The overall design shamelessly emulates the “Andre The Giant Has A Posse” art project that I got to witness when I was a youth in Providence.

“André the Giant Has a Posse” was conceived by Frank Shepard Fairey and “at least one other unidentified person”. The WWE [World Wrestling Entertainment] threatened a lawsuit (presumably right of publicity?) and the image mutated into a more iconic image with the words “OBEY” or “DISOBEY”. More info at obeygiant.com and Wikipedia.

aleatoric serendipity

Thanks to the Third Circuit, I have a new word for the day: “aleatoric”. It means “characterized by chance or indeterminate elements” according to m-w.com. Hmm, I think. Like Jackon Pollock. Or Pollack.

So I went online to figure out whether it was in fact Pollock or Pollack, which I did simply by Googling “Jackson Pollack”. Not easy to resolve since of the first 6 entries that Google returned 2 of them list “Pollock” and 4 list “Pollack.” And the first entry listed “Pollock” and then said “Var: Jackson Pollack.”

But in looking at the very first entry, for Jackson Pollock Online, www.artcyclopedia.com/artists/pollock_jackson.html, I noticed that the text that Google excerpted was this copyright notice:

Note that the listings on this site are a unique compilation of information and are protected by copyright worldwide.

Curious, I went to the website. The actual page has this text down at the very bottom of the page, in small type, in the usual credit/disclaimer portion of a webpage. Why did Google choose to highlight this text? A mystery of the Google display algorithm that I’m not motivated to follow up on. Maybe because the text is bold. The copyright portion of the notice reads in full:

All images and text on this Jackson Pollock page are copyright 1999-2004 by John Malyon/Artcyclopedia, unless otherwise noted. Note that the listings on this site are a unique compilation of information and are protected by copyright worldwide.

The notice has 5 small thumbnail images of JP [problem solved] paintings. And otherwise the text is a list of paintings, organized alphabetically by collection (museums first followed by public art galleries). It’s unclear whether they actually employed any particular selectivity in listing the JP works or if they just listed those available and known to them in publicly accessible collections.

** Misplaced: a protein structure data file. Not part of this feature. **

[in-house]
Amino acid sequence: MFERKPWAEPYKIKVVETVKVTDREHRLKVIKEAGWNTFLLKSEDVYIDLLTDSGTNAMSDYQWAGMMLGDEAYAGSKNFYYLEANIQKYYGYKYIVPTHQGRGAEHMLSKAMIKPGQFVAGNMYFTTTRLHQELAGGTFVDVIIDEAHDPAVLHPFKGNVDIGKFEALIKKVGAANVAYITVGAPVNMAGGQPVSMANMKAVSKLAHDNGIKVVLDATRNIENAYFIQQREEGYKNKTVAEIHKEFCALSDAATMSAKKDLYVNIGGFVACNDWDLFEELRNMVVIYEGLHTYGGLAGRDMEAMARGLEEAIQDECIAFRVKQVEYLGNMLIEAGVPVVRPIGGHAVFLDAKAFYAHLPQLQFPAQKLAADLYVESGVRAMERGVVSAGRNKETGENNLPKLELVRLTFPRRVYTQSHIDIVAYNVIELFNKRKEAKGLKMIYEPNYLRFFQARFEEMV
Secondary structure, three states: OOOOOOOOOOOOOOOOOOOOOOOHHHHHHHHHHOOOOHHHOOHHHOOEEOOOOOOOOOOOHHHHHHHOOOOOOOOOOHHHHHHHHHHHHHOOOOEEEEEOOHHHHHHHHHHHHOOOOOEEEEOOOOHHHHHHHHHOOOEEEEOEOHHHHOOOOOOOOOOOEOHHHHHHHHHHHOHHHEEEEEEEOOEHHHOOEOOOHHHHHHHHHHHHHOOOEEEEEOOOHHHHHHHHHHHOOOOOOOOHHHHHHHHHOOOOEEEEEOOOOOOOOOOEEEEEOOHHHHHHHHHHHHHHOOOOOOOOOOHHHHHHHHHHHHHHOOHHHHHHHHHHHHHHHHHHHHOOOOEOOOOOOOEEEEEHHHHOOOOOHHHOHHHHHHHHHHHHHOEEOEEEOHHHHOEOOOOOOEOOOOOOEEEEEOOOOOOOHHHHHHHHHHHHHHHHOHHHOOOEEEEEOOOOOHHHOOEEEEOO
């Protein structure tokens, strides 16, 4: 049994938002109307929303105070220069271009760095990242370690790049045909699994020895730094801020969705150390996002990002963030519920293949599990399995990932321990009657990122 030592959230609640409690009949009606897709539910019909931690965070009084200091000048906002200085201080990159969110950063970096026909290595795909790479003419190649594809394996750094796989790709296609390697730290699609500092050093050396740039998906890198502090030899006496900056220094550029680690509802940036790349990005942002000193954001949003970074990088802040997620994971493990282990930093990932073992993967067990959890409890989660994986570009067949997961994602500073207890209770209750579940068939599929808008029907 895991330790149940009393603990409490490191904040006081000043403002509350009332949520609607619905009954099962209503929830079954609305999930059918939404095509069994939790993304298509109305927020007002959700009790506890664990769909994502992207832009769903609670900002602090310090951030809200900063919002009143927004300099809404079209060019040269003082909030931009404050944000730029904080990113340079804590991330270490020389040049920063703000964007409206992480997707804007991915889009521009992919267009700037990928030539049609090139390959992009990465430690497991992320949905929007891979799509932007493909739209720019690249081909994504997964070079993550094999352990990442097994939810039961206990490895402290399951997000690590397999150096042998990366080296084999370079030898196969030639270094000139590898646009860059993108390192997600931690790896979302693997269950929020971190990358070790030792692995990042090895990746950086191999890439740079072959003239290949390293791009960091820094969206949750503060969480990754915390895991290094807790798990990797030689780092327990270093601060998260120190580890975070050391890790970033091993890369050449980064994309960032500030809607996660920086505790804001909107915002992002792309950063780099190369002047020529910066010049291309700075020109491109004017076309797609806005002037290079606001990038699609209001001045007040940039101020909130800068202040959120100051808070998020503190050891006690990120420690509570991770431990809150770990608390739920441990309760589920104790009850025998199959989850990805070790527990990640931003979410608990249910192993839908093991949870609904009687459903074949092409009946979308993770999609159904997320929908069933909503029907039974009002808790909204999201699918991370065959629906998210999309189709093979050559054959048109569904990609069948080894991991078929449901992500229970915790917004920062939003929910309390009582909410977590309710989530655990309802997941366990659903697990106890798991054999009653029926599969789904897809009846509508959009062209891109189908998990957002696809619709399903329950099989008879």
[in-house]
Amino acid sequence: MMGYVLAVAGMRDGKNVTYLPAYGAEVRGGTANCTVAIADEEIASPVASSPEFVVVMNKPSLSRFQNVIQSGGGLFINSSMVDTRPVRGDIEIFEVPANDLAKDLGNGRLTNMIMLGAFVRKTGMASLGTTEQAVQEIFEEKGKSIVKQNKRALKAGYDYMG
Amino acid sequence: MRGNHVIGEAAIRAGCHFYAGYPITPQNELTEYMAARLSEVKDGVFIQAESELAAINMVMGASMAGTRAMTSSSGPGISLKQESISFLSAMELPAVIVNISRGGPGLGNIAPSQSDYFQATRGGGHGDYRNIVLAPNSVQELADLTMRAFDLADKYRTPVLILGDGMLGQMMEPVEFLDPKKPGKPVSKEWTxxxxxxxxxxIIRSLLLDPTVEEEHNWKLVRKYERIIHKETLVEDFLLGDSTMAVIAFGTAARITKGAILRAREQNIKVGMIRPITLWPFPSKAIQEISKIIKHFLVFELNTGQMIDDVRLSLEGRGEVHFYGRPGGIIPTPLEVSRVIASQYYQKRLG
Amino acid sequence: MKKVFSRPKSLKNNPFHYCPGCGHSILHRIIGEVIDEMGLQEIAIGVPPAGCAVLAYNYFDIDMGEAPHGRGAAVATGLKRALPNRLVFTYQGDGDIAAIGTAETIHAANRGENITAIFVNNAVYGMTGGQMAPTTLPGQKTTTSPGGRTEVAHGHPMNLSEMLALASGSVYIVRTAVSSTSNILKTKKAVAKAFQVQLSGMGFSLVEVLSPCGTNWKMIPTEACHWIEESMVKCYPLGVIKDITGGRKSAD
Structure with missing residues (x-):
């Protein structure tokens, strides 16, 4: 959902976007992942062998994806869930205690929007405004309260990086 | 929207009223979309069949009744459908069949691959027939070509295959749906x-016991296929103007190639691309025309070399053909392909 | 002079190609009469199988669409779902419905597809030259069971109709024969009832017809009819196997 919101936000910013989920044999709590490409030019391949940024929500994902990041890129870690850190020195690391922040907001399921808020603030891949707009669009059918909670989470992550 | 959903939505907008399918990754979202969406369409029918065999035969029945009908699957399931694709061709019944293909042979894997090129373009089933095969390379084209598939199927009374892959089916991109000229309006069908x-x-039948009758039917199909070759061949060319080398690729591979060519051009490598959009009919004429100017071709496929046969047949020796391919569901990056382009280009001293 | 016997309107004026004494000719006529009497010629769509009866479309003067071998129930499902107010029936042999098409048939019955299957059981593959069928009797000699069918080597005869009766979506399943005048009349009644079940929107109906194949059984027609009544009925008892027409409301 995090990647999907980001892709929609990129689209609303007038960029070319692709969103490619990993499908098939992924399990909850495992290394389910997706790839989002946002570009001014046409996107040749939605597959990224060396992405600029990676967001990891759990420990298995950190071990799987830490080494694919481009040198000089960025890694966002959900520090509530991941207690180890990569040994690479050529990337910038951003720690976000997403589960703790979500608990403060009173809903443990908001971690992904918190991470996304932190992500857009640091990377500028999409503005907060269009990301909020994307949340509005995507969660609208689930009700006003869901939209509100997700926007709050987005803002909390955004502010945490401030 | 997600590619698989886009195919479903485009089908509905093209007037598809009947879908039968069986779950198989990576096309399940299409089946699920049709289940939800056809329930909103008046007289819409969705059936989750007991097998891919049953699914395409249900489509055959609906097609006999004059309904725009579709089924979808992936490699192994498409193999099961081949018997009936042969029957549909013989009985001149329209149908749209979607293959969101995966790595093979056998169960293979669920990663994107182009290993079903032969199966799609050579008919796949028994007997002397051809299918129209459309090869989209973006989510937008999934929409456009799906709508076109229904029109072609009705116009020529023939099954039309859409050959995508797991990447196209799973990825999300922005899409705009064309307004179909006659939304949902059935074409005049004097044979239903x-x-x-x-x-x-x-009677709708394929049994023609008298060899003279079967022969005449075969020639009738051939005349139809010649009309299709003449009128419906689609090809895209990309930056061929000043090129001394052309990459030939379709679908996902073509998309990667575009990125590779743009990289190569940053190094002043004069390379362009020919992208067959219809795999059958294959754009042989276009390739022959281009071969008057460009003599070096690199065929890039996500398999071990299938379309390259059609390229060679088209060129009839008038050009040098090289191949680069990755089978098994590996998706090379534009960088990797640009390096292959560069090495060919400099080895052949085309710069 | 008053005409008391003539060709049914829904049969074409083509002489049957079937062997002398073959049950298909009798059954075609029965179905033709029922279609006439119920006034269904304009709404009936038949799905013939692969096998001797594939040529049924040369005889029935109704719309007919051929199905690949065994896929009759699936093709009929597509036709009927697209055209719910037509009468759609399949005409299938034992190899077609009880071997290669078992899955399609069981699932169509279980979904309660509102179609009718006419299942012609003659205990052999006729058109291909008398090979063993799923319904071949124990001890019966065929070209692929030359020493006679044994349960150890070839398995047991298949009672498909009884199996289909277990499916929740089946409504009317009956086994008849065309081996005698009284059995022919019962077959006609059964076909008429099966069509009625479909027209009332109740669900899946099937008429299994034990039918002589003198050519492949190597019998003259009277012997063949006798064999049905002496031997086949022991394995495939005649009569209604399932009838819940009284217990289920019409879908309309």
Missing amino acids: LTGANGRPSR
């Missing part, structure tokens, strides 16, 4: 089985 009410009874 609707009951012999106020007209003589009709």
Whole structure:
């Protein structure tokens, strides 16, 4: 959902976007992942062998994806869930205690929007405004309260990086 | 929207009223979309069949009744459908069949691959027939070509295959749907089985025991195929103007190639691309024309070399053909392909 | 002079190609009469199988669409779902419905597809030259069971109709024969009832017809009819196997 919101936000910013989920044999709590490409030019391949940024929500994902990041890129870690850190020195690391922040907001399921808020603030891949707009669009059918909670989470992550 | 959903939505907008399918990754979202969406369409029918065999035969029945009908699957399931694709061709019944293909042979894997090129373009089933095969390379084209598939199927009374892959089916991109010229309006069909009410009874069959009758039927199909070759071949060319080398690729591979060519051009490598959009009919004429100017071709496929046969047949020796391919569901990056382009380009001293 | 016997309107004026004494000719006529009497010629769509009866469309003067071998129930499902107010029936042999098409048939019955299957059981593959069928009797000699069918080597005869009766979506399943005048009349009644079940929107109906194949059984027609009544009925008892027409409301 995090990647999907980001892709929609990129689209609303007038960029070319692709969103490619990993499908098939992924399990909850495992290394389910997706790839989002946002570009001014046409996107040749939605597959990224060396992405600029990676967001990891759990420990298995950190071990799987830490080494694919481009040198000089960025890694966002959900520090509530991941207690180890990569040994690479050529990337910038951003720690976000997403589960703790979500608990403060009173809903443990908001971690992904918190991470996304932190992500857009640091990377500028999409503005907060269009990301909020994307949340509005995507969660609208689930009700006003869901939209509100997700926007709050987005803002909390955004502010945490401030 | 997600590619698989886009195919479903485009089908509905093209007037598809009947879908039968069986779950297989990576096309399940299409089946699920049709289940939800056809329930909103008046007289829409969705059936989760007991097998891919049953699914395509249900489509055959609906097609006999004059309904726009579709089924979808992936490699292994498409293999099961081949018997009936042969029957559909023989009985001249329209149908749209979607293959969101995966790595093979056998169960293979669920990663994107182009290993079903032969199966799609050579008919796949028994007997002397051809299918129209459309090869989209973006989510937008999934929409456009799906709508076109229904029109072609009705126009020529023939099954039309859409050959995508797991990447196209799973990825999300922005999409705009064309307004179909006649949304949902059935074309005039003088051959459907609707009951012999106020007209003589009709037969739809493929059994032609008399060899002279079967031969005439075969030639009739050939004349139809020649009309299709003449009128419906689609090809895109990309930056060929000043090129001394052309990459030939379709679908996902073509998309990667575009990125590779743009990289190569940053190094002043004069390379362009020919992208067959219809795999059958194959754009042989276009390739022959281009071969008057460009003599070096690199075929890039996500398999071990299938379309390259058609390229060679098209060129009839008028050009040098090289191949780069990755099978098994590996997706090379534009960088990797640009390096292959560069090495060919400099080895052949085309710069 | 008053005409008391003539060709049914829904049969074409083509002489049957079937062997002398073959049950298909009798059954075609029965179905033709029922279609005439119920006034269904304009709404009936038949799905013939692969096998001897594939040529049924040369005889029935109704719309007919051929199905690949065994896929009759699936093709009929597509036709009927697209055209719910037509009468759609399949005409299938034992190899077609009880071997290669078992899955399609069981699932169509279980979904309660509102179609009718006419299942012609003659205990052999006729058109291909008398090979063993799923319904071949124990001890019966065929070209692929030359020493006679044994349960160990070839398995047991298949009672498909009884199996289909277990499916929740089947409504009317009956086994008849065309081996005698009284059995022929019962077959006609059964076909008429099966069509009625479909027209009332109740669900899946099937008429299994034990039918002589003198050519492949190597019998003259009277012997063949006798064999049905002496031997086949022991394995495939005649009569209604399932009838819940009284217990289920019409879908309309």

… Just one more example of copyright insanity. What are they protecting, their exceedingly thin or (IMO) nonexistent compilation copyright? The copyright in the thumbnail images? No, there’s basically very little here for them to actually copyright. But they are being reflexively protectionist. I’d be interested to know more social psychology so I could better understand what’s behind the flood of copyright notices around the world. … I do believe the effect of these notices is ultimately negative. A random person sees this notice and now may believe that there could be a copyright in this work. Now they’re afraid to copy the list of works, or do so only with a feeling of guilt. Geez. What a waste of everyone’s time and energy.

Reminds of the Simpson’s episode when Homer was inventing many things, and when he would make presentations of his drawings to his family, he protectively said, “Patent pending, patent pending, patent pending,” pointing his pointer in each family member’s face for emphasis. [Google sent me to the usabilityworks blog which lists this as Simpsons episode CABF05, airdate 2001-01-14.]

critical montages complaint about ip

I always like to see non-usual-suspect rants about IP, so here’s one from critical montages [11/27] (you’ll have to go there to see the insightful links)

No Sharing

Ever notice the Waffle House menu’s insistence that Double Waffle is for “dine-in only, no sharing”? A common prohibition at low-end restaurants, it’s also a small-print reminder of what capitalism is all about.

From enclosure to enforcement of intellectual property rights, capital’s message is always No Sharing.

Products of intellectual labor, unlike land and waffles, can be shared by all without diminishing their use value for anyone, however. “Copies” are as perfect as “originals” for the most profitable products — such as drugs and software — in the age of mechanical production, withering the aura of private property and making the revolutionary act of sharing and sharing alike irresistible. Capital, of course, tries to stop it, but, in doing so, it makes visible the “invisible hand” of the market, demonstrating that it is not scarcity but state power at capital’s disposal that prevents us from having what we want — even what we need to save our lives.

monster slash

No, it’s not fanfic about Bigfoot & Yeti, together at last. Bobby “Boris” Pickett remakes “Monster Mash” to point out Bush’s slash & burn environmental policies. See monsterslash.org

Lyrics:

We were hiking in the forest late one night
When our eyes beheld an eerie sight
Our president appeared and began to frown
Then he and his friends cut the forest down.
(he did the slash)
they did the forest slash
(he did the slash)
it was brutally brash
(he did the slash)
public opinion was mashed
(he did the slash)
they did it for the cash

The lobbyists were having fun,
The horror party had just begun
The guests include big timber, big oil
Mining magnates and their sons.
These visions haunt me and fill me with disgust
If we don’t stop them our environment will be lost
So come on now and join me; I’m glad to show you how;
Tell our president to save our forests now.

seeking order from chaos

it’s the small things in life which we love – the small coincidences which create seemingly non-random structures.

for instance yesterday i was talking by IM to my sister c.h. – she casually referred to the fact that she drinks. i said, c.h., do you drink alcohol? i’m shocked, shocked. she didn’t know the reference, and i explained casablanca to her.

today, after taking a good chunk of time and working on v.m.’s xml project, i took a tv break – turned the tv on, and voila, here is casablanca.

maybe not the most startling coincidence ever since casablanca must show on tv many many times… but still the random coincidences create a certain pleasing connectivity in the world.